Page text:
Major League Cricket December 7, 2005

The start of a new era

Deb K Das reports that Major League Cricket has proved a point and is here to stay

Sushil Nadkarni receives his Most Valuable Player award from Bernard Cameron at the end of the Interstate competition © MLC
For Major League Cricket (MLC), the events taking place at Brian Piccolo Park in Florida on December 5 were at once a vindication and an epiphany.

Under cloudless skies where the whiplash winds of Katrina and the floods in the wake of Wilma had been a recent nightmare, the MLC Interstate Tournament was played out to a rousing climax attended by cricket greats of the past, an assortment of officials from Broward County (the county of the "hanging chads" that nearly derailed the 2000 US presidential election), and curiosity-seekers unfamiliar with the sport who came to see a game played between two first-class sides from England and the West Indies and the cream of the US cricketers from the inter-state contests of the past few days. This was truly a magic moment for Bernard Cameron, all the more so because of the toil and adversity involved in getting there.

By all accounts, this has been a long journey for MLC and Cameron. More than three years ago, he and Sir Clive Lloyd had set out on what was to prove a long and arduous journey. MLC's dream had been to bring the USA into the mainstream of world cricket. They came to the USA Cricket Association (USACA) with a grand plan for a national program but were snubbed for their pains. The USACA did not believe that MLC was capable of pulling it off, and also wanted to see the money they would receive for participating in MLC's plans.

MLC tried their hand at partnering with organizations involved with junior cricket, but although the first US Under-15 national tournament was staged with MLC participation, the other partners quarreled over who would get top billing and MLC was left out in the cold.

MLC tried a scaled-down version of its plans in their New York/New Jersey neighborhood, but found they had stepped into the snake pit of US cricket politics. The local politicos accused Cameron of all sorts of chicanery and denied him access to a cricket field that MLC was hoping to use for its future programs, and mounted a whispering campaign to undermine the negotiations that MLC was having in Florida. Soon, with its initiatives stalled or brought into question, MLC retreated from the public eye and was not heard from for a couple of years.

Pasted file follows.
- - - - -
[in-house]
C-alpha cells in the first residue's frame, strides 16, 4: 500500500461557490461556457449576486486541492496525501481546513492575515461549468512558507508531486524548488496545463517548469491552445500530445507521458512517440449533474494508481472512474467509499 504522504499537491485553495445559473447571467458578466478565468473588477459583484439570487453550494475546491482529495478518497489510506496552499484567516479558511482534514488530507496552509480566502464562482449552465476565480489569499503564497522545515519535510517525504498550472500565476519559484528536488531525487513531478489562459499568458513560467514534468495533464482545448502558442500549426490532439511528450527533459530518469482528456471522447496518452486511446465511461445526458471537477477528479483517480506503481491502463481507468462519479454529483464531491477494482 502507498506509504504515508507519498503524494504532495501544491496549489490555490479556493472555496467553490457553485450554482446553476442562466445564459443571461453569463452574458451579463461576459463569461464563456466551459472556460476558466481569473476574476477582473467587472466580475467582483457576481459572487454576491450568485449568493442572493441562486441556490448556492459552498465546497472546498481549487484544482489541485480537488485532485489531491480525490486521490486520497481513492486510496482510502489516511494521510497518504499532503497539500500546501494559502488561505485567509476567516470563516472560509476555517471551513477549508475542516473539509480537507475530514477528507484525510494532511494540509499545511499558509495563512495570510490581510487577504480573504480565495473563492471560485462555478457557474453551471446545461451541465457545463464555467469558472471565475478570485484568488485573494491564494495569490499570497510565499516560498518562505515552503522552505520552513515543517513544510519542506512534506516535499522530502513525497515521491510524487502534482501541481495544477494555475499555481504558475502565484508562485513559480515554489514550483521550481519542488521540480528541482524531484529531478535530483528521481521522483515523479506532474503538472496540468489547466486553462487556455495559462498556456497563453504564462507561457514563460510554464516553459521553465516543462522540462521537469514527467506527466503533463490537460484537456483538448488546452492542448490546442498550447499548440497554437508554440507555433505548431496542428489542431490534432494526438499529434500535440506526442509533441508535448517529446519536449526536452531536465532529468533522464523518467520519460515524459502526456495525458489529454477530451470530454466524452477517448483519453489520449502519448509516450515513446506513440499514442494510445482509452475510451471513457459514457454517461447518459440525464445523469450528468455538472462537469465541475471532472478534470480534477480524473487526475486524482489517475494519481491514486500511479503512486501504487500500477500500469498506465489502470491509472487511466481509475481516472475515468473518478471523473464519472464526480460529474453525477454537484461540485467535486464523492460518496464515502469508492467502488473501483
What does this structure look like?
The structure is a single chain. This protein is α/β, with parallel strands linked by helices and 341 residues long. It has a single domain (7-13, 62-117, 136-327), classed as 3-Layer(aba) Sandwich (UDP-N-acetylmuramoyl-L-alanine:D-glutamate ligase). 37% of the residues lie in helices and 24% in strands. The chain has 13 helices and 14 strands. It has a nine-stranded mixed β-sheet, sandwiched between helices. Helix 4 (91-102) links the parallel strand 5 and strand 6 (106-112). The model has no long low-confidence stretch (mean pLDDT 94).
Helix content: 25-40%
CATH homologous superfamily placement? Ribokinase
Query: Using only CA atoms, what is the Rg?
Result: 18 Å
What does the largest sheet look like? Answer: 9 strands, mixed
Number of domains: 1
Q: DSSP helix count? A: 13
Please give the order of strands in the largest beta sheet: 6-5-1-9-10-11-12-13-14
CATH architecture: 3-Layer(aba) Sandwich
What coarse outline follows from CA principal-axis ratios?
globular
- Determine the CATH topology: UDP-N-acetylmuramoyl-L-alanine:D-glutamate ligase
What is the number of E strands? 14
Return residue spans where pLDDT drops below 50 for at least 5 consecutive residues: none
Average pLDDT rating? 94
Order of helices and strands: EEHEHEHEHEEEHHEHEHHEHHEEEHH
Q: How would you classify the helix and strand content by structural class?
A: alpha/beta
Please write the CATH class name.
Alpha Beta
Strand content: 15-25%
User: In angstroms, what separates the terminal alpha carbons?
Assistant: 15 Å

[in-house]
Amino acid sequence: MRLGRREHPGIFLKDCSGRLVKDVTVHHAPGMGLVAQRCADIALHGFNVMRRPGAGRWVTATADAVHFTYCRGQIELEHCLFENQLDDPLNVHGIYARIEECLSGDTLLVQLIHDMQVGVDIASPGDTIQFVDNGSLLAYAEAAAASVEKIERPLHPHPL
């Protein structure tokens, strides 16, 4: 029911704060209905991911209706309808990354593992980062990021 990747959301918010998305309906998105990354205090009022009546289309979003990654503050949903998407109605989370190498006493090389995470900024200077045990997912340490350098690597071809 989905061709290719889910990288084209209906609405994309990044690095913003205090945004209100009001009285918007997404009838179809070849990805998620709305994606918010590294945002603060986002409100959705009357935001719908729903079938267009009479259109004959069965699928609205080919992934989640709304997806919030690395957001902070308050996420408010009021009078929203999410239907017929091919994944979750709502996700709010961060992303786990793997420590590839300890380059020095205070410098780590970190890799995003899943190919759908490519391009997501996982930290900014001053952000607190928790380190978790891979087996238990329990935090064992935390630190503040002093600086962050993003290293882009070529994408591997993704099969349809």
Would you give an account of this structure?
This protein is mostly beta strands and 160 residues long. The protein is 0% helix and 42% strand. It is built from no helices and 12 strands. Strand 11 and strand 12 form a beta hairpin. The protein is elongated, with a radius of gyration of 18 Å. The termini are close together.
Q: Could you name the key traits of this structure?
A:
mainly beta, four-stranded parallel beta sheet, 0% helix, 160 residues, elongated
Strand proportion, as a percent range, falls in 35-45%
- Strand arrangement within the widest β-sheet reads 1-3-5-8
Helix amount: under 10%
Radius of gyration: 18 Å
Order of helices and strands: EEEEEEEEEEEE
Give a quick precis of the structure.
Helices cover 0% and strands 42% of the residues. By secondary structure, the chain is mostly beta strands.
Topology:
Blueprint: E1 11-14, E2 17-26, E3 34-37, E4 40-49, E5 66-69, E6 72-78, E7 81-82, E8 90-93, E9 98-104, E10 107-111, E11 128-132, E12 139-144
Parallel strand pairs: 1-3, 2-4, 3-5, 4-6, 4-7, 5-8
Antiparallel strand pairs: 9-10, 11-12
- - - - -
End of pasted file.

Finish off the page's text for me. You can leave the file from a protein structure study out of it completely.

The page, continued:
When MLC emerged from the shadows this year, its detractors were waiting in the wings. It is widely believed that certain individuals close to the USACA, now ostracised by the ICC, and its rivals, the Council of League Presidents (CLP), tacitly joined forces to block and neutralize MLC. This time, though, their efforts were more subtle, nuanced and vicious than anything seen before in US cricket.

A proposed National Under-15 tournament in Chicago was scuttled by an orchestrated campaign by USACA/CLP supporters to dissuade constituents from sending their teams to the event. When the tournament was called off, they accused MLC of being "all talk and no action". A panoply of dirty tricks was put on display by MLC's detractors - unsubstantiated innuendos against Cameron under the cloak of anonymity, put-downs of MLC's announcements as grandstanding, and implied threats against US players cricketers who expressed any kind of support for MLC.

The officials of USACA/CLP disavowed any role in these attacks, and Cameron accepted their denials at face value, but few had any doubts where the attacks were coming from.

At this point, MLC made two crucial decisions that were to be its salvation. It chose to go it alone, without depending on any other US cricket partners for its programs, and it boldly declared that its proposed Interstate tournament, far from being a long-range goal to be achieved in future years, was going to be its first major cricket event. MLC, in other words, was going for broke.

The rest is history, and the past is prologue. MLC was able to prove that it could hold a major national tournament without any assistance from any US cricket organisations -- the cricketers were the ones who mattered, not the people who represented them. In Broward County, MLC found a US community in somewhat similar circumstances -- eager to stop being the butt of jokes around the world because of the infamous hanging chads, and determined to build on the reputation it had built as being the only officially-certified US site for the 2007 World Cup. And the inability of USACA and CLP to offer anything tangible to US cricket for all of 2005 gave MLC an unrivalled opportunity to establish its own credentials, which it did in style.

The rest of the achievements of MLC at Brian Piccolo Park were icing on the cake. Broward County, after having to postpone the tournament in order to clean up after Katrina, made up handsomely for it by its total commitment to the event in money and time. US cricket acquired its first-ever major sponsors, the professional cricketers of England and West Indies sent the best international squads that US players have faced at home in recent memory, and proved that they were up to that major challenge. Including past greats like Vivian Richards, Clive Lloyd, Desmond Haynes and others, there were more Test cricketers present than at any US cricket in history, and all expressed complete support for MLC and its future plans.

It has indeed been a long road back from MLC, from the ignominies and reverses it suffered in its early days. But MLC is here at last, and it is clear that it intends to stay.

Deb K Das is Cricinfo's correspondent in the USA